So go ahead, be a chump and use fifty-cent words if you want. But if you really want to crack the big time, it’s time to escalate your fiduciary commitment to polysyllabic syntactification. Trust me, you don’t want to live in a world where only a handful of best-selling writers control all the best words. Telling a good story isn’t easy if all you have to work with is the vocabulary no one else wants.


Where is the Best Place to Write?

Eager to learn secrets of the craft, budding writers often wonder: Where is the best place to write? Is it a villa in Tuscany? A yacht on the Côte d’Azur? In a seaside bungalow on St. Lucia? At an artist’s retreat in Aspen?

These are all good places to try to write. Unfortunately, they are also places designed to prevent writers from writing. In St. Lucia, for instance, it’s almost impossible to get any work done after you’ve spilled a banana daiquiri on your keyboard. And on the French Riviera, young vixens in tiny swimwear think nothing of snapping your laptop shut and tossing it into the Mediterranean.

They think it’s funny.

Luckily, after wasting a great deal of time trying to write in exotic locales with lax extradition treaties, I finally learned the error of my ways. Since then, I have discovered that the ideal place to write is nowhere near a beach—it’s inside a maximum-security prison, locked in a 6x9 jail cell.

In prison, a writer can work free of distraction for twenty-three hours a day, with room and board provided by taxpayers. It’s an ideal arrangement, and, except for an occasional scrap in the yard with Rocko and his goons, results in no more blood loss than a modest kitchen mishap or the untimely slip of a power tool. Which is to say that, in truth, prison beat-downs look a lot worse on television than they are in reality. The key is to curl up in a ball and think happy thoughts until the guards blow the whistle or they think you’re dead, whichever comes first.

Now, the reason I say it’s important to get locked up in a maximum-security prison is that the inmates in minimum-security prisons and state-sponsored psychiatric facilities tend to be annoyingly chatty. All they want to do is talk—about their tattoos, their conspiracy theories, the drugs in the food, the ghosts by the water fountain, the bugs in their hair, etc. ad nauseum. Honestly, they never shut up. Such facilities also schedule way too many activities and so-called “free time,” all of which are counter-productive if you’re trying to think your own thoughts, rather than the thoughts being transmitted to you through a microchip in your brain implanted by the CIA while you were asleep. They also make you do your own laundry and eat in a cafeteria with other inmates, both of which are big time-wasters.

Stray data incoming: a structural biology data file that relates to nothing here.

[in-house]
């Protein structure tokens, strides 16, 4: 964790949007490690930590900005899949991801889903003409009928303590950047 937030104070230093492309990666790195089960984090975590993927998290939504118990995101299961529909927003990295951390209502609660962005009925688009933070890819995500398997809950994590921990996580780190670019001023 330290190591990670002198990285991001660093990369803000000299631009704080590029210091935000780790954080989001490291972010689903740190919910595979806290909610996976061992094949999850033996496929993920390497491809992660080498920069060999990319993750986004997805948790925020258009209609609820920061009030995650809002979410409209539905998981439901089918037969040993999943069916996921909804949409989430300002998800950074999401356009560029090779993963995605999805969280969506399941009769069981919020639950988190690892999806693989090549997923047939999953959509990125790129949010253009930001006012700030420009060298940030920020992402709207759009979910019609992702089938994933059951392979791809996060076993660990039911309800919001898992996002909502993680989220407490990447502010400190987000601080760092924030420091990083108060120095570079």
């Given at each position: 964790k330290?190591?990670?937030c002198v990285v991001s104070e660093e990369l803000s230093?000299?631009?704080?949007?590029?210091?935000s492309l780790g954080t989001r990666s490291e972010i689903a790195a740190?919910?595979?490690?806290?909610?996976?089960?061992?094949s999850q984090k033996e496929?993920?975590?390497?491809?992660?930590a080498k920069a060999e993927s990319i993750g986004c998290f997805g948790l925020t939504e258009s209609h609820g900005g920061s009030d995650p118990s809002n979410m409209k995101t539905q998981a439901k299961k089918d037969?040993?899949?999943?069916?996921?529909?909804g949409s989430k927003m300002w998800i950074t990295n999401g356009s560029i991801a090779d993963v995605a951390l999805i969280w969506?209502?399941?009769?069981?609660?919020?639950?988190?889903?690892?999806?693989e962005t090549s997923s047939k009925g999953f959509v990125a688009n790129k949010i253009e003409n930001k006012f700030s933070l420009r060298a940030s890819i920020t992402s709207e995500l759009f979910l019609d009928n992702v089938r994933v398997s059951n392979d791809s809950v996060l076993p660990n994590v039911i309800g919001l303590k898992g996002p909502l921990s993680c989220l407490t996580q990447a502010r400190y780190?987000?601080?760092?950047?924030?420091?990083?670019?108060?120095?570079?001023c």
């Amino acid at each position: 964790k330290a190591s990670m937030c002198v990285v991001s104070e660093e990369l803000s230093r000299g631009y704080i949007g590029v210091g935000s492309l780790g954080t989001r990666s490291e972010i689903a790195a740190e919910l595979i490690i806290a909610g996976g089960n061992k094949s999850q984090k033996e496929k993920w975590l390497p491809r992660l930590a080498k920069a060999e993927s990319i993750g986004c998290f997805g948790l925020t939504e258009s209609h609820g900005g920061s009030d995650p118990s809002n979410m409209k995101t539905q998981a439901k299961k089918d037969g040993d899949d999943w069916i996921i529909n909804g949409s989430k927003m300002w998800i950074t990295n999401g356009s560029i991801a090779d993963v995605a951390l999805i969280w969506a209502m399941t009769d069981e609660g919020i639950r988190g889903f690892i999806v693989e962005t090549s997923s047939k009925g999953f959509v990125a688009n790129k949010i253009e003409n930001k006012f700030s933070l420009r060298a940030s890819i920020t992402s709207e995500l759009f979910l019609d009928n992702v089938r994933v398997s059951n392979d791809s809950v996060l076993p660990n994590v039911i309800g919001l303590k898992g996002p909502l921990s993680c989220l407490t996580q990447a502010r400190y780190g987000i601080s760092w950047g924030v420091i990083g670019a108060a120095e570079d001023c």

So, maximum-security it is.

Ideally, what you want is to land in a maximum-security prison for a crime with a five-year sentence that gets knock down to two for good behavior. What you don’t want is to land in a SuperMax facility for twenty-five to life, or in a minimum-security prison where you end up playing tennis with a bunch of crooked hedge-fund managers. There’s a happy medium.

So let’s say you want to write a four-hundred-page novel. You figure it’s going to take two years—eighteen months of writing, and six months for revisions and editing. In order to land in a maximum-security facility, what you need to do is commit a Class D or E felony with just enough violence to make them think you’re dangerous, but not so much that someone winds up dead. Setting up an illegal book-making operation is a great way to accomplish this objective, because while you’re trying to get caught, you’re also making money. Breaking people’s bones is part of the business, too, but killing people who welch on bets is not, so even if someone does accidentally get killed along the way, you can always plead third-degree manslaughter, which also counts as street cred out in the yard. In many states, getting arrested for dealing drugs is a good strategy as well—though in states like California, you practically have to drive a semi-trailer full of heroin into the governor’s mansion in order to get law enforcement to notice you. And even that’s no guarantee.

My advice is to research the criminal statutes in your state and break the law accordingly.

Once you’re there, the great thing about prison is that there’s nothing to do except write, so productivity is rarely a problem. Even if one hand is wrapped in bandages, you can still type with your other hand, and, as all prison writers eventually learn, you don’t need all your teeth to edit or figure out plot problems.